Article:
Alan is now better known as an activist for the free software movement. He has long opposed the use of DMCA (Digital Millennium Copyright Act) and CBDTPA (Consumer Broadband and Digital Television Promotion Act) licensing patents. These patents prohibit not only the copying and distribution of copyrighted materials, but also the production and distribution of technologies that circumvent protection systems against illegal copying.
In 2001, a major scandal was associated with the DMCA. Then the Russian programmer Dmitry Sklyarov, right at the DefCon conference, was arrested by the FBI on charges of breaking into Adobe's electronic document protection system. The fact is that Sklyarov developed the algorithm of the Advanced eBook Processor program, which really made it possible to bypass the protection of PDF e-books. At DefCon, he presented a report on the insecurity of electronic books, and in particular the PDF format. He accompanied all this with examples using the Advanced eBook Processor. And after the end of the conference he was arrested. Despite the fact that in the end he was released on bail, and then completely acquitted, Sklyarov spent several months in a US prison, and this incident caused a very great resonance. It was after Sklyarov’s arrest that Cox refused to attend a major Usenix conference, where he was a member of the organizing committee. He also called on all non-US programmers to boycott events held in the United States, and organizers to organize conferences in other countries. “Who next, speaking at the conference, will go to American prison for several years for not committing anything?” Cox asks in an interview.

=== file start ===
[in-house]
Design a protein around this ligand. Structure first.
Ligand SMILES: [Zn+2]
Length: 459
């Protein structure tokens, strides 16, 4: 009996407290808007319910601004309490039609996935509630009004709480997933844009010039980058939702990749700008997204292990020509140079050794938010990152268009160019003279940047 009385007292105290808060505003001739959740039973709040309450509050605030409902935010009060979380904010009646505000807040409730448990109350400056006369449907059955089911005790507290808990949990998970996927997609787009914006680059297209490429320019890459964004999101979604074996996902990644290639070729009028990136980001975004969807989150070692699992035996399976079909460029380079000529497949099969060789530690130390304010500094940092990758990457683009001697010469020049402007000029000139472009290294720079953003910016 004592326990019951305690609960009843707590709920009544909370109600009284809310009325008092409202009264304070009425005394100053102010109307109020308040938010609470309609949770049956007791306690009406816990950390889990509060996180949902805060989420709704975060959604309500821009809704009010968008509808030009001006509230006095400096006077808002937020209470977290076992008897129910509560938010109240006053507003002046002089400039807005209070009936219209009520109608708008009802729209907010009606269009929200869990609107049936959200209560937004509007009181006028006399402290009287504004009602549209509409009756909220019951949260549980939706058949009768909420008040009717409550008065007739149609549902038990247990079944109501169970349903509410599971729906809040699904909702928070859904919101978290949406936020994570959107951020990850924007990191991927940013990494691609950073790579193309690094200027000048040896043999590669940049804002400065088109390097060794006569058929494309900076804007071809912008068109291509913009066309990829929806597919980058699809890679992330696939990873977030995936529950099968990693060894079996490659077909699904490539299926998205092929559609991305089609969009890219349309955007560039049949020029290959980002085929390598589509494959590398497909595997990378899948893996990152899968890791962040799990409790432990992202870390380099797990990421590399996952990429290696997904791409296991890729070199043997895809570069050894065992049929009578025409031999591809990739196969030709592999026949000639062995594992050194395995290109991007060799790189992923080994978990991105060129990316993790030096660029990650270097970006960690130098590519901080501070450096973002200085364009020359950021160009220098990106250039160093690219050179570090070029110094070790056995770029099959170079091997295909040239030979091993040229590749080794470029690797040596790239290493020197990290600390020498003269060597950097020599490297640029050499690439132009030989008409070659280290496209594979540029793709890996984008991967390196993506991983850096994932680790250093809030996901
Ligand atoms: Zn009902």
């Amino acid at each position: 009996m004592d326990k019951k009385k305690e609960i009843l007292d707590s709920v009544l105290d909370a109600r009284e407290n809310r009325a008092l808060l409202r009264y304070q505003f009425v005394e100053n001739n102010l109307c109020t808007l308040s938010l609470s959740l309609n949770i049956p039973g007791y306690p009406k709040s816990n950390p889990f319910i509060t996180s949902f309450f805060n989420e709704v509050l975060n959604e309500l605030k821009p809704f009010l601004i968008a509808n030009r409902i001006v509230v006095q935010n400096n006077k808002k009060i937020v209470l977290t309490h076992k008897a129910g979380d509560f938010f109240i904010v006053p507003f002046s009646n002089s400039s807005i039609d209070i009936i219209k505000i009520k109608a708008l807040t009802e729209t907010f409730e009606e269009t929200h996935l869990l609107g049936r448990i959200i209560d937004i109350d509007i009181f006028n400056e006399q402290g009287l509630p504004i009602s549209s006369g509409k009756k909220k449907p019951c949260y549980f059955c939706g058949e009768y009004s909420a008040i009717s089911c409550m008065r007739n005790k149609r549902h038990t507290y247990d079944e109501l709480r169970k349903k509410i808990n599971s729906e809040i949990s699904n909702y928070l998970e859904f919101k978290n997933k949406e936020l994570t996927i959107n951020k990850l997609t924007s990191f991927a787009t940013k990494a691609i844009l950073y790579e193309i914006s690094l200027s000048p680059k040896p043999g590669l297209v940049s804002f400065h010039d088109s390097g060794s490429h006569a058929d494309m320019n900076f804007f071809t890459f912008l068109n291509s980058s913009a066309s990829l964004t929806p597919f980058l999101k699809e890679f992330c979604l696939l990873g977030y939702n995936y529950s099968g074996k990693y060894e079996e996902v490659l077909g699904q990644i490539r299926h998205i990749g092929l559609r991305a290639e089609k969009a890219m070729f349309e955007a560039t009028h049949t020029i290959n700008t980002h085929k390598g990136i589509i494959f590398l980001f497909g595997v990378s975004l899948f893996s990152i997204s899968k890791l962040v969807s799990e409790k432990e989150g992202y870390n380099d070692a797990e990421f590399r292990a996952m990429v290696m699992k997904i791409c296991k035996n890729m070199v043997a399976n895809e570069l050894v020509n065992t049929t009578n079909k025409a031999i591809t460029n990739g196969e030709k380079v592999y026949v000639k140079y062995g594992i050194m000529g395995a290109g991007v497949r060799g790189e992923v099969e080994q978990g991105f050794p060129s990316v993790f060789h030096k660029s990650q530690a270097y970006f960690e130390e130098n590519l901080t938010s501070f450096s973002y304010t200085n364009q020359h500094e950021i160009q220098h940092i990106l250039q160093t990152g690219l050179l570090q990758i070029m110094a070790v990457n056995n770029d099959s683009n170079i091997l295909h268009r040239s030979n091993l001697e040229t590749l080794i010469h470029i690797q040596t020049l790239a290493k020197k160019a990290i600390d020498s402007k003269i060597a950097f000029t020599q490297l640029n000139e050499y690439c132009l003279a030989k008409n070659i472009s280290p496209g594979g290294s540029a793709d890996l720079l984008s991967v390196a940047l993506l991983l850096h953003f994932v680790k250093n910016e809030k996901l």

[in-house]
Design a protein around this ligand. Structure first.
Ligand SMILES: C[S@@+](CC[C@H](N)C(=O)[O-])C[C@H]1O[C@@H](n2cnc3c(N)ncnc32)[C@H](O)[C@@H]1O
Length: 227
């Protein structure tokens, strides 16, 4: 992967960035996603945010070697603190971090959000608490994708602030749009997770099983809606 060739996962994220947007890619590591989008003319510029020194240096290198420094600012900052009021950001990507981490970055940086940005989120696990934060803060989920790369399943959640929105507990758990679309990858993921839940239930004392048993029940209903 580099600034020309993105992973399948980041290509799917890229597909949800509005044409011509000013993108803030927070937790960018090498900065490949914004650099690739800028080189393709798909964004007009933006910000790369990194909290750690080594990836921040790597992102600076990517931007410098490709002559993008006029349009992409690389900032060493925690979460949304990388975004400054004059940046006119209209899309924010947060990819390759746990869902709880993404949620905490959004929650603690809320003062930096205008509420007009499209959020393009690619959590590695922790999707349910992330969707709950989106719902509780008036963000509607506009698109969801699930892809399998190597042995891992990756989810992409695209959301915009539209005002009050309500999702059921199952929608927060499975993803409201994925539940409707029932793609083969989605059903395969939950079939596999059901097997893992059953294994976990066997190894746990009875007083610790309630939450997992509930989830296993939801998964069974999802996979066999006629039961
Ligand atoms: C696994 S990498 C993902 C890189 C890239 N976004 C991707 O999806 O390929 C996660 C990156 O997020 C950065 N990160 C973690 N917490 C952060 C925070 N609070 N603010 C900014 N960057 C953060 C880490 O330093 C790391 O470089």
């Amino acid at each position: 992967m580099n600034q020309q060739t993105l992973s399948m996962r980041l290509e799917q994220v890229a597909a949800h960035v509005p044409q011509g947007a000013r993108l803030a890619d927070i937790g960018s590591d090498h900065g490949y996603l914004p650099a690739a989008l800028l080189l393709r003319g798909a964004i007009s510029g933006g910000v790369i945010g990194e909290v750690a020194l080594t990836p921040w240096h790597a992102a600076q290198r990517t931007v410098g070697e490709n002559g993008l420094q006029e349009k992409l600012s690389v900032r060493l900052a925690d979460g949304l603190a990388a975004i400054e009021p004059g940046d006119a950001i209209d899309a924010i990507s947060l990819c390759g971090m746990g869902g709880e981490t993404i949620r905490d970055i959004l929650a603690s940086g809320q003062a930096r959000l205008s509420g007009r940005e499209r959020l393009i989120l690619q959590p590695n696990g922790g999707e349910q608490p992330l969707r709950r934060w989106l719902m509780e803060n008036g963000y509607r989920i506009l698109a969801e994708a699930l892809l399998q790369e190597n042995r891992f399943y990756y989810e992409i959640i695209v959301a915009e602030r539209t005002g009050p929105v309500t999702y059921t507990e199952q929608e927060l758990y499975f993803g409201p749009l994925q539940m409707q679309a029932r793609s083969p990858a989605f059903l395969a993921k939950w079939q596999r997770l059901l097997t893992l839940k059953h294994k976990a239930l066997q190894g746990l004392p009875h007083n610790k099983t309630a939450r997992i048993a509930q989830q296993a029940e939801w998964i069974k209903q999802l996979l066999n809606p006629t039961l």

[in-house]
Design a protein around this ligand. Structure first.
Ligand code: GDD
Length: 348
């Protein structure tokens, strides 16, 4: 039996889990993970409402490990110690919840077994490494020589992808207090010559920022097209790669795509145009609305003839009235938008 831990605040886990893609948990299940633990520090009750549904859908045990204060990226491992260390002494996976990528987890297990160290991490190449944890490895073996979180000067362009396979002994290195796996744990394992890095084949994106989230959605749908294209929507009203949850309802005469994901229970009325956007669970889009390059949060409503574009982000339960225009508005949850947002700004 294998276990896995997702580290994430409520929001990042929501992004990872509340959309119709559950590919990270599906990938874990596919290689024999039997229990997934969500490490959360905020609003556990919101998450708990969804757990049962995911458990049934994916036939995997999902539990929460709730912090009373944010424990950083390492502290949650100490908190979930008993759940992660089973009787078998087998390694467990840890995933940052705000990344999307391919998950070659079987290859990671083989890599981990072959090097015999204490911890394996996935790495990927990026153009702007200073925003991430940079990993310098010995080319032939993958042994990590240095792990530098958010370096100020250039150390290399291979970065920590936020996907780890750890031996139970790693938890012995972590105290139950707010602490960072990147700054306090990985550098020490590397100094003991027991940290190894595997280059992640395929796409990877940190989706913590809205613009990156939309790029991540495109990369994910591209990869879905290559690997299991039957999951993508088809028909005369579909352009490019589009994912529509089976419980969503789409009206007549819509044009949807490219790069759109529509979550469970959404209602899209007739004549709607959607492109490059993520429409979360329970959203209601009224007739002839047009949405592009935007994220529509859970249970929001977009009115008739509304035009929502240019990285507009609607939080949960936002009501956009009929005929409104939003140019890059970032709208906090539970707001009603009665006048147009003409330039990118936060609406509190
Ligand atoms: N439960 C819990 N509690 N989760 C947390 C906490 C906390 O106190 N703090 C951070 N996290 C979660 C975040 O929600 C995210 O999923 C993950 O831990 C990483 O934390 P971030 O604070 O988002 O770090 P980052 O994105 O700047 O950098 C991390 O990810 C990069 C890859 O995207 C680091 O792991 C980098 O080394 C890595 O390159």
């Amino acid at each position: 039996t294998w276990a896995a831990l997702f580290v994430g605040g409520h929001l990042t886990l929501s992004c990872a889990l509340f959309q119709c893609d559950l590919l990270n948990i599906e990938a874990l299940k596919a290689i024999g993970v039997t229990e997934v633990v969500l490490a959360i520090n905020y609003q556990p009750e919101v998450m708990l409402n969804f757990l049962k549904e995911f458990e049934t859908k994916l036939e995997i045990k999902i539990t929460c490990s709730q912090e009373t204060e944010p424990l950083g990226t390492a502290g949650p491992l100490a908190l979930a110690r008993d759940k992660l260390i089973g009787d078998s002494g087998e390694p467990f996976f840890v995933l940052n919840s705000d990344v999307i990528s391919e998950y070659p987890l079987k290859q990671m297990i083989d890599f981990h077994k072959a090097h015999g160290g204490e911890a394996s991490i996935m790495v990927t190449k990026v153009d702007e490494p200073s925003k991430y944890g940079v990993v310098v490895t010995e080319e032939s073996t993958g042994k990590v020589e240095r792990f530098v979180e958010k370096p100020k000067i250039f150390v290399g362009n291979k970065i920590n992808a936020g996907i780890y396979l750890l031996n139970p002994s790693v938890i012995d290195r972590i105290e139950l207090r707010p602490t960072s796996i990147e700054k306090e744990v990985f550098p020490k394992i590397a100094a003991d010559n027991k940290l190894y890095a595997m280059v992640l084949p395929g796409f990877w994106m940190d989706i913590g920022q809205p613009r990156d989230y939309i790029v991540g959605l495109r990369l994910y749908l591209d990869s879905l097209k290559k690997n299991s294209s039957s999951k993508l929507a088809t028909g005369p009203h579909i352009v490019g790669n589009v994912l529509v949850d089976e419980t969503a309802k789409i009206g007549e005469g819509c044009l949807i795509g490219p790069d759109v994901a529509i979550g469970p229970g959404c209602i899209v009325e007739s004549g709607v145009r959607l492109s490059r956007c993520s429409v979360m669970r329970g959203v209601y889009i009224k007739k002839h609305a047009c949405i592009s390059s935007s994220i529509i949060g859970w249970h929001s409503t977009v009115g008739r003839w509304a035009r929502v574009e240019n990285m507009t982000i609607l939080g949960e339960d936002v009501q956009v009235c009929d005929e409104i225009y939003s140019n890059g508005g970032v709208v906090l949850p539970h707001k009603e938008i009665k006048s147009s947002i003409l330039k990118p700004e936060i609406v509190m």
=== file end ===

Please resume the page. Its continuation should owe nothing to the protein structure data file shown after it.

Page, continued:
For his services, Cox won a number of prizes. For example, the LinuxWorld Awards for common achievements in 2001 and the Free Software Award for contributions to the Linux kernel in 2003. He is also a consultant to the British organization Open Rights Group, which is fighting to abolish DRM (Digital Rights Management).
Thanks for editing the text: iley , tass temujin